There’s a pretty good chance you just read that title and came here to find out about the missing Back To The Future movie you didn’t know about. The darker, far more grim one that ends on a depressing note with the young hero dead, Biff Tannen victorious and Doc Brown probably carted away to an asylum or arrested for gross negligence of a minor (and several dogs).
But you’d be on a fool’s errand: because the Back To The Future films in which Marty McFly dies are in fact the same ones that have long been considered the most beloved films of the 1980s. You just might not have noticed the fact, because he certainly didn’t. But hell, that’s what time travel in movies is for, isn’t it? Cheating, that is.
Don’t like how your life turned out? Go back in time, give yourself a Sports Almanac and get rich instead. Don’t like how your friend’s kids turn out in the future? Go back in time and tell him that they need to be sorted out for their own good. Basically, if you don’t like something, just use time travel to cheat and change it to something you DO like.
And what if that’s exactly what Doc Brown does - more than once - in both Back To The Future sequels? What if he robs the Grim Reaper of McFly’s soul by using the DeLorean to jump back in time and avoid the things that were supposed to kill him. to give him another go? It might sound far-fetched for someone so apparently committed to not messing with the timeline, but there’s evidence in there. And the only real question here is how many times it actually happens.
To accept this theory, you have to accept that Doc absolutely doesn’t care as much about the sanctity of the timeline as he claims. And that his claim that interacting with past versions of yourself is potentially catastrophic, since more time travelling would mean even more Docs in one place while he meddled with the timeline. But there’s nothing to his claims about meeting a past or future version of yourself: sure, it makes Jennifer faint, but literally nothing happens when Doc meets himself in 1955 and even hands him tools.
Fundamentally, time is NOT as fragile as Doc thinks, he just needs to control the rules so that he can control the outcomes for Marty and himself.
Doc says he won’t meddle and that doing so would have potentially grave consequences. So how come he reads the letter and saves his own life? How come he helps Marty stop his son going to prison in the future? How come he saves Clara from her intended death in the ravine? He might pretend that he’s not a meddler, but his actions say otherwise.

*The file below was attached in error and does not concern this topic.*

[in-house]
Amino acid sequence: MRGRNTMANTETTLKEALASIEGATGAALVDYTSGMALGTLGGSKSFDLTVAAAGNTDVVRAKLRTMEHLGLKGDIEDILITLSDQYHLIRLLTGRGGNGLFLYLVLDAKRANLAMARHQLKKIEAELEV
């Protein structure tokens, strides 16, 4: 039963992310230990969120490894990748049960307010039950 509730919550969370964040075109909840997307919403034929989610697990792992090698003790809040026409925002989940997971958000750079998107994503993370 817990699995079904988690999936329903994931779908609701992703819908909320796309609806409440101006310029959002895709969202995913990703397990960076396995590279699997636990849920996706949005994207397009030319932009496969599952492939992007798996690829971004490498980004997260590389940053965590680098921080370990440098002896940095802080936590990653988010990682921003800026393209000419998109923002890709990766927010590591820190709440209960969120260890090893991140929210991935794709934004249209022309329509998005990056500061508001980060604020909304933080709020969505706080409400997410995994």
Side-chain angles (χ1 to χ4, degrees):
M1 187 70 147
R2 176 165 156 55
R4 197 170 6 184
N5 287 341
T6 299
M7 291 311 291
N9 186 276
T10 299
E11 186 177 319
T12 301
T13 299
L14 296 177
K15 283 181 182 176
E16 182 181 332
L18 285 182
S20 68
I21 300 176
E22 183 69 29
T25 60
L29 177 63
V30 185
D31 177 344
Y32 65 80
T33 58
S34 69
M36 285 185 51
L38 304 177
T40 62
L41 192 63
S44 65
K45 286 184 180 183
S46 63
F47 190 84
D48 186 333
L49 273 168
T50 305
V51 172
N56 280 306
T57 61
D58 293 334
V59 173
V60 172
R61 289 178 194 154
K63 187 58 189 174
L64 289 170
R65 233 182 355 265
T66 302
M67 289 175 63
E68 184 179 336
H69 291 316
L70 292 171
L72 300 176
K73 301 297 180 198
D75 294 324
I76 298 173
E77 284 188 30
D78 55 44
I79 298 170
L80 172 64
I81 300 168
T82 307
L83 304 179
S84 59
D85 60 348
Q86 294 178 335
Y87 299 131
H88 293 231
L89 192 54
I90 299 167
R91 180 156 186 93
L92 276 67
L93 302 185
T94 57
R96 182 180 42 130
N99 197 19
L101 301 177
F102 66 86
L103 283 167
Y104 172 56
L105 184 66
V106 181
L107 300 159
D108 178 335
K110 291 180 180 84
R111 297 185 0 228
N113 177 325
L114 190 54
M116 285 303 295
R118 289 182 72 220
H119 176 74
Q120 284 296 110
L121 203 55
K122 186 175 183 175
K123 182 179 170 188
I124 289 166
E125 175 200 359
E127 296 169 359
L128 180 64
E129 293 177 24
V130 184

And he’d probably have done even more meddling, if he was able to.
In the first movie, the 1955 Doc has no time machine, so he can’t be on hand to help Marty. As a result, the teenager almost gets himself wiped out - he’s a kid entrusted with getting his parents to bang, what more can you really expect of him? There’s absolutely no way Doc would have allowed that to happen if it was in his control.
In the same movie, Marty is also REALLY bad at not messing with the timeline, because Doc can’t do anything to guide him from a position of knowledge. In other words, he has no guardian angel who has seen it happen before and can make sure he avoids calamitous things like almost vanishing from existence on stage. You know, things that could really ruin your day or jeopardise the entire fabric of the universe or something.
But the first sequel is an entirely different matter, because Doc has his DeLorean and it’s absolutely no accident that he turns up twice at incredibly convenient times to save Marty right at the last minute. It’s almost like he knew exactly when to be there to ensure that Marty wasn’t killed, like he had access to a magical sports almanac detailing all of the major events in Marty’s life to the precise second.
Which he sort of does, since he’s there to witness them before using his time machine to go back and ensure that they go the way he needs them to. Think about how precisely he maps the future - he knows when the rain is going to stop to the very second, not just because the weather service is more efficient, but because he’s been there before (to find out what happens to the McFly kids).
So, about those times when Marty “dies” and Doc has to go back and change the timeline.
Firstly, after working out how Biff got rich, Marty goes to confront him in Trump Tower (SORRY in Biff Tannen’s Pleasure Paradise) to find out when he got the Sports Almanac. Naturally, Biff tries to kill him to shut him up, but Marty escapes to the roof where he seems to be trapped with no hope of escape. This is not part of his plan - hence his frustration (SHOW CLIP OF MARTY PUNCHING THE WALL IN ANGER), so there’s no way he could have pre-planned an escape route involving casually leaping off the roof.
And yet, Marty jumps off the roof on to the DeLorean, which has handily appeared just below him. “Amazing coincidence?” in Doc’s words, or is something else at work?
Then back in 1955, when Marty eventually gets his hands on the Almanac after Biff almost kills him in a dangerous car chase scene, there’s another incredible coincidence. Marty steals the Almanac, jumps safely away from Biff’s car and seems to be home free, only for Tannen to swing his car around and try to mow Marty down.
But just as it looks like he’s toast at the end of the tunnel, Doc miraculously appears with a rope of bunting to pull Marty to safety literally seconds before he goes under Biff’s wheels. Even accounting for Doc watching what’s happening, there is absolutely no way he’d know to appear at that precise moment without having experienced it once before.